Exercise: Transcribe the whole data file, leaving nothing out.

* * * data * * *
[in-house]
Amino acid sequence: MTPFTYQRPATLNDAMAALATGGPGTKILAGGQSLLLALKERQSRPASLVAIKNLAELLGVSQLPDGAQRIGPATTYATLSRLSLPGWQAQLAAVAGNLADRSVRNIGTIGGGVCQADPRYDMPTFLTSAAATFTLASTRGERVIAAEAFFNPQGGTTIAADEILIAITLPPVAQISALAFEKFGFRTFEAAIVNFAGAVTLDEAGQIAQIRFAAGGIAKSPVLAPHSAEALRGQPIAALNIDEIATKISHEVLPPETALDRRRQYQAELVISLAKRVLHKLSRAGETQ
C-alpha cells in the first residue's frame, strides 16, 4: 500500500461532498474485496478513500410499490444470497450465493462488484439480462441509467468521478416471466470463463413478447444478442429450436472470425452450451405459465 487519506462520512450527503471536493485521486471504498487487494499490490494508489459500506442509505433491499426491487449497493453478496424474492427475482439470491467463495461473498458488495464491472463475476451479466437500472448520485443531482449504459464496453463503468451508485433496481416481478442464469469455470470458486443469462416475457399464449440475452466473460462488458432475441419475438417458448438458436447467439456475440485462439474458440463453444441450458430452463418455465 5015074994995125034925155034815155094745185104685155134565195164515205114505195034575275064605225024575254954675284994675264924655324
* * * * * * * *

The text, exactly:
[in-house]
Amino acid sequence: MTPFTYQRPATLNDAMAALATGGPGTKILAGGQSLLLALKERQSRPASLVAIKNLAELLGVSQLPDGAQRIGPATTYATLSRLSLPGWQAQLAAVAGNLADRSVRNIGTIGGGVCQADPRYDMPTFLTSAAATFTLASTRGERVIAAEAFFNPQGGTTIAADEILIAITLPPVAQISALAFEKFGFRTFEAAIVNFAGAVTLDEAGQIAQIRFAAGGIAKSPVLAPHSAEALRGQPIAALNIDEIATKISHEVLPPETALDRRRQYQAELVISLAKRVLHKLSRAGETQ
C-alpha cells in the first residue's frame, strides 16, 4: 500500500461532498474485496478513500410499490444470497450465493462488484439480462441509467468521478416471466470463463413478447444478442429450436472470425452450451405459465 487519506462520512450527503471536493485521486471504498487487494499490490494508489459500506442509505433491499426491487449497493453478496424474492427475482439470491467463495461473498458488495464491472463475476451479466437500472448520485443531482449504459464496453463503468451508485433496481416481478442464469469455470470458486443469462416475457399464449440475452466473460462488458432475441419475438417458448438458436447467439456475440485462439474458440463453444441450458430452463418455465 5015074994995125034925155034815155094745185104685155134565195164515205114505195034575275064605225024575254954675284994675264924655324